Fine Cooking Magazine recently ran a "Create Your Own Recipe" feature for how to make quiche. As they've done with braises and stir-fries, they focus on the basic elements of a dish, then suggest all sorts of ways to inject your own creativity to come up with an original taste. We took their basic crust and custard recipes and added veggies and cheese to our liking. The result….quite delicious.
Archives for March 2013
Muppet came back from her February school vacation a young woman possessed. She had spent the week with her Dad and his new family skiing at Stratton Mountain in Vermont. By all accounts they had a grand old time on the slopes, but to be honest I hardly heard about the skiing from our budding gourmand. All she could do was rave about the "Bear Claws" she ate at a joint called "Grizzlys Bar and Restaurant" at the base of the mountain.
Of course, my first thought ran to the pastry of the same name as I was sure she had noshed a few as a mid-morning snack on the trails. I was wrong. Instead, she was referring to a plate of ribs that she said were the best she's ever eaten, thick and meaty and slathered with a maple syrup BBQ sauce.
Did I mention she was possessed?
My friends over at Food52 showcased this recipe recently in their "Genius Recipe" feature, and if the picture above doesn't sell you, a single bite will convince you that the Food52ers sure know how to pick'em.
It's been a while since we've made brownies around here, so I suppose there's a chance that brownie deprivation had something to do with the ravenous welcome these treats received among my gaggle of chocoholics. That said, I don't care if you've been eating a brownie every day for the past month, if dark, fudgy brownies are your thing, these killers are gonna rock your world!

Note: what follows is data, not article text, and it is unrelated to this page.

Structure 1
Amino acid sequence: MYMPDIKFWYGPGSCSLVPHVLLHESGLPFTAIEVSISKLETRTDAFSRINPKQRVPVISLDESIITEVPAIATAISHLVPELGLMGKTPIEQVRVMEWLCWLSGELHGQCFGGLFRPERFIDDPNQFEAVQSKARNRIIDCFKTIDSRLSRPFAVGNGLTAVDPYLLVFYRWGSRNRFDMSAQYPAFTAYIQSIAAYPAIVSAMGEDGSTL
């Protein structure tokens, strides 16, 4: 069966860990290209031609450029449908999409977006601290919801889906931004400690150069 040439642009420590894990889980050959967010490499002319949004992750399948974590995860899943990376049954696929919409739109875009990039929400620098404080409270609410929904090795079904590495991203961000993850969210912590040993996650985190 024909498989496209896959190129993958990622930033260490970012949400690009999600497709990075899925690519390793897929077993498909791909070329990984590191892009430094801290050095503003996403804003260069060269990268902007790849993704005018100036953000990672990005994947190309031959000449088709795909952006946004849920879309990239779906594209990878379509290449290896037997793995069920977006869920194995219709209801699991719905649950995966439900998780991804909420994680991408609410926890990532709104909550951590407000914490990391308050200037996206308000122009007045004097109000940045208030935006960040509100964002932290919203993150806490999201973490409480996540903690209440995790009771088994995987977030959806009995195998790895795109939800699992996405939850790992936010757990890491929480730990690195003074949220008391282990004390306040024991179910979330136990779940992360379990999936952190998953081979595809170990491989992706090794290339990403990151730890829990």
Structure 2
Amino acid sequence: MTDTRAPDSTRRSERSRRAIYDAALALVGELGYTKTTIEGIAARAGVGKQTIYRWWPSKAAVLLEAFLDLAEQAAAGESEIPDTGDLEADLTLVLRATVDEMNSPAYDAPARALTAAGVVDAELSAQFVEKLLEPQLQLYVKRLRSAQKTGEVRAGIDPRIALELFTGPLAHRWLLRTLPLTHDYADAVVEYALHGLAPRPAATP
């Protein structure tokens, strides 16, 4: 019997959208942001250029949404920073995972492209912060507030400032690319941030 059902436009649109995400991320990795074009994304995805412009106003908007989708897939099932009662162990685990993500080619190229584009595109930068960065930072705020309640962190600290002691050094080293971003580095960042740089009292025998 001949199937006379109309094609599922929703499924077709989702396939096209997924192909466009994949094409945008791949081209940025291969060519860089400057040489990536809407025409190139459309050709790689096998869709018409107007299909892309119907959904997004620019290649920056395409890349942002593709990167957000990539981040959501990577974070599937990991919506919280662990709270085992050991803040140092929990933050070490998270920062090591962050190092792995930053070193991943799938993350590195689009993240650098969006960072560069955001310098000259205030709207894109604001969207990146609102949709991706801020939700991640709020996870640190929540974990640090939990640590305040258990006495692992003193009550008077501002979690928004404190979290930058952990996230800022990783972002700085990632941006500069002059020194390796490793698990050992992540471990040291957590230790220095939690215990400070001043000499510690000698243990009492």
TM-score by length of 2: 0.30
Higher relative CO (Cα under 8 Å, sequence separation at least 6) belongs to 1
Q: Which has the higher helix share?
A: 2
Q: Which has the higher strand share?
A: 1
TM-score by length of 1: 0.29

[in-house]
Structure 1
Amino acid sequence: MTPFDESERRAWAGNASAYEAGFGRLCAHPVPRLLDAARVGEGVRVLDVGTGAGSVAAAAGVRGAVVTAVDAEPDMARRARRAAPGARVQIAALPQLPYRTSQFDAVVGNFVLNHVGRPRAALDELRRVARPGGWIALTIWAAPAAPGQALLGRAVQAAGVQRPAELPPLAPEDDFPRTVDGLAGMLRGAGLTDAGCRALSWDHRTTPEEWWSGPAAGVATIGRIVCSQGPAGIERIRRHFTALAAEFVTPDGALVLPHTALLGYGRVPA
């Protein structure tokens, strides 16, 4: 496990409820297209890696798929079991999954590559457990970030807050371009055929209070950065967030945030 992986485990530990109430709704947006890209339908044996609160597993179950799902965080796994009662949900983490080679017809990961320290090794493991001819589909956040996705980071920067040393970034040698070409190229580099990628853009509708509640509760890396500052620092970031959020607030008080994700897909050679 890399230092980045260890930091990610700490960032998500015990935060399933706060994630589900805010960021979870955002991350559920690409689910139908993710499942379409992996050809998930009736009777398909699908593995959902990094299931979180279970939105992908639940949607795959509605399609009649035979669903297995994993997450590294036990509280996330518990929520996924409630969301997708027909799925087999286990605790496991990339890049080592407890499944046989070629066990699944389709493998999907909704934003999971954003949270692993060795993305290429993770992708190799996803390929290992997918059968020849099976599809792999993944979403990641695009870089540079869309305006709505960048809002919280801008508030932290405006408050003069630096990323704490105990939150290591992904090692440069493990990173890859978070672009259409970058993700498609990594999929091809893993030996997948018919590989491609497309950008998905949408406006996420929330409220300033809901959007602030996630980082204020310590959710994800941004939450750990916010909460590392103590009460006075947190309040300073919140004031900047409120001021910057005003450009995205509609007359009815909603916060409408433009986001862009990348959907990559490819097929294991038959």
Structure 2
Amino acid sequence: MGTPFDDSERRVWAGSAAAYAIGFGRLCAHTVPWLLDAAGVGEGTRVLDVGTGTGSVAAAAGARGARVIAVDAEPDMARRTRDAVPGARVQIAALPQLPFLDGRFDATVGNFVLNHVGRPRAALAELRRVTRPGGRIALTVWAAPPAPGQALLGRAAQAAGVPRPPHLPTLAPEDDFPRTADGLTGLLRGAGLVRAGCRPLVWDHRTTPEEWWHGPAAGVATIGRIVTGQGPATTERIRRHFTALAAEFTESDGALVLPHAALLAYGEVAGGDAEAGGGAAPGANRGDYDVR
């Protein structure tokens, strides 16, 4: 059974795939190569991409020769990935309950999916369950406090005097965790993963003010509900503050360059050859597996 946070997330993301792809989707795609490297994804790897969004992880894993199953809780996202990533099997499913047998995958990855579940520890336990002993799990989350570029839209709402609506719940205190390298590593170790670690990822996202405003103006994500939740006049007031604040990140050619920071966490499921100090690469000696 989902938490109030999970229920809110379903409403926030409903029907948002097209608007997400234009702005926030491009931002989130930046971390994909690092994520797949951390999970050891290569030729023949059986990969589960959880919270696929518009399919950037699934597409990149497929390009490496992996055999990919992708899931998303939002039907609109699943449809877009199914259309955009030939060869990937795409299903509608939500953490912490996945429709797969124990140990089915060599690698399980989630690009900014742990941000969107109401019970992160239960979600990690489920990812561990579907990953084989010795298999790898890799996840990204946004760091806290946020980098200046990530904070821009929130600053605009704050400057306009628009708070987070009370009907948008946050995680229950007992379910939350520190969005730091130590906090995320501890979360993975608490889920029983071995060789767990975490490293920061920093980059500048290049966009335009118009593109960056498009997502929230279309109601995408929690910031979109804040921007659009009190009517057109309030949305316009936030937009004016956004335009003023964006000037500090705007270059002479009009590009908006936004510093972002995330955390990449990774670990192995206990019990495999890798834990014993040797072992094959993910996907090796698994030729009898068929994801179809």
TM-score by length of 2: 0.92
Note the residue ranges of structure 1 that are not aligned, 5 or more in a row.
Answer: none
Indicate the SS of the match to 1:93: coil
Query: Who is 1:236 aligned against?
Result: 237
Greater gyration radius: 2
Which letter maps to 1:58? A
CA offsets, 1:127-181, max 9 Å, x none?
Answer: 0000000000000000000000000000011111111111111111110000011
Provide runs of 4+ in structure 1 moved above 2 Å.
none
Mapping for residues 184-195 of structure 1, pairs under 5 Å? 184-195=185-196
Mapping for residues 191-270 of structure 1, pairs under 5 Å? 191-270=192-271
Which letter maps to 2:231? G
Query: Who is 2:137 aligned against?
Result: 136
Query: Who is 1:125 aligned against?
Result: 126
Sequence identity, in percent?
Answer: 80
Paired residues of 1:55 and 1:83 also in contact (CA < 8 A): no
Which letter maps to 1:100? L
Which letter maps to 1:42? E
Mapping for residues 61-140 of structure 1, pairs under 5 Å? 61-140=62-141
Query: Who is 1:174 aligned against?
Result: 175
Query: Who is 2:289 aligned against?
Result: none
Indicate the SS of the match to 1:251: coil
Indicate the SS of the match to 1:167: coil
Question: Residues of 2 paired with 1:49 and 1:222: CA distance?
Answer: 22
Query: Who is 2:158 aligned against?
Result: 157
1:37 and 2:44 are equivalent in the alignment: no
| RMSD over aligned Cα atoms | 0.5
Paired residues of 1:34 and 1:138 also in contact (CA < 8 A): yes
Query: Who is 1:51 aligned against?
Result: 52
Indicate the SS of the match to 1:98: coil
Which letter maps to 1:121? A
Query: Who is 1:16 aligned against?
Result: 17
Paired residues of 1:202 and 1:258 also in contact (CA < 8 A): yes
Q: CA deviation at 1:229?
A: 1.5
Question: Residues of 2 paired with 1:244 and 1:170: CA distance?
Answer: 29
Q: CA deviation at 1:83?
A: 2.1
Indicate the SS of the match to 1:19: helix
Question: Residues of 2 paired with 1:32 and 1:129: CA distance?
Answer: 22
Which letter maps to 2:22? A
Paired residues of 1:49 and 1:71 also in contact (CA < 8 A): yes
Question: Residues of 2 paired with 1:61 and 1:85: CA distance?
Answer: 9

This meal started out as a “Meatless Monday” dish, but when I came across a few shrimp in the freezer begging to be put to good use, I decided to bend the rules a little and toss them into this veggie soup. The technique behind this soup is outstanding and could be put to use for many a grain or bean based meal. Add meat or seafood if you’re in the mood, or make it meatless…it’s your call.
While we've had a lovely stretch of weather over the past week, and my thoughts are turning to cleaning off my outdoor grill for the spring season, we've still got a few more weeks of winter to navigate here in the northeast and we're not ready to leave behind our braises just yet. Schedule wise, this week has been a bit of a challenge. Between the onset of the kid's spring sports, a Cooking Matters class I'm teaching, and Peyton's evening drivers-ed classes, dinner-time is a bit of a revolving door event these days. That being the case, a one pot meal like this that sits warm on the stove, patiently waiting for anyone with ten minutes to spare, is a busy-weeknight mealtime coup of a dish.
For those of you itching with the early onset of Spring fever and longing for the flavors of a new season, this post is for you. Like many of you reading this blog I seldom buy fresh tomatoes once the height of tomato season has passed, preferring instead to cook with high quality canned tomatoes through the fall, winter and spring. As is the case with their seasonal compatriots, asparagus and corn, I'd rather go without than suffer through tasteless, woody tomatoes in the off-season.
Anyone who has spent any amount of time visiting Oui, Chef knows that we're a household of chocolate freaks and brownie aficionados of the highest order. There are countless ways to kill yourself with chocolate here, and at current count 6 different brownie recipes with which to indulge even your darkest cocoa-laced fantasy.
You will also note that up until this point we haven't posted a single "blondie" recipe.
Well….yes, there are plenty of other foods that scream France, like Beef Bourguignon, Tartiflette, Confit de Canard, and Cassoulet, but when it comes to everyday fare few match the simplicity, deliciousness and charm of Coq Au Vin.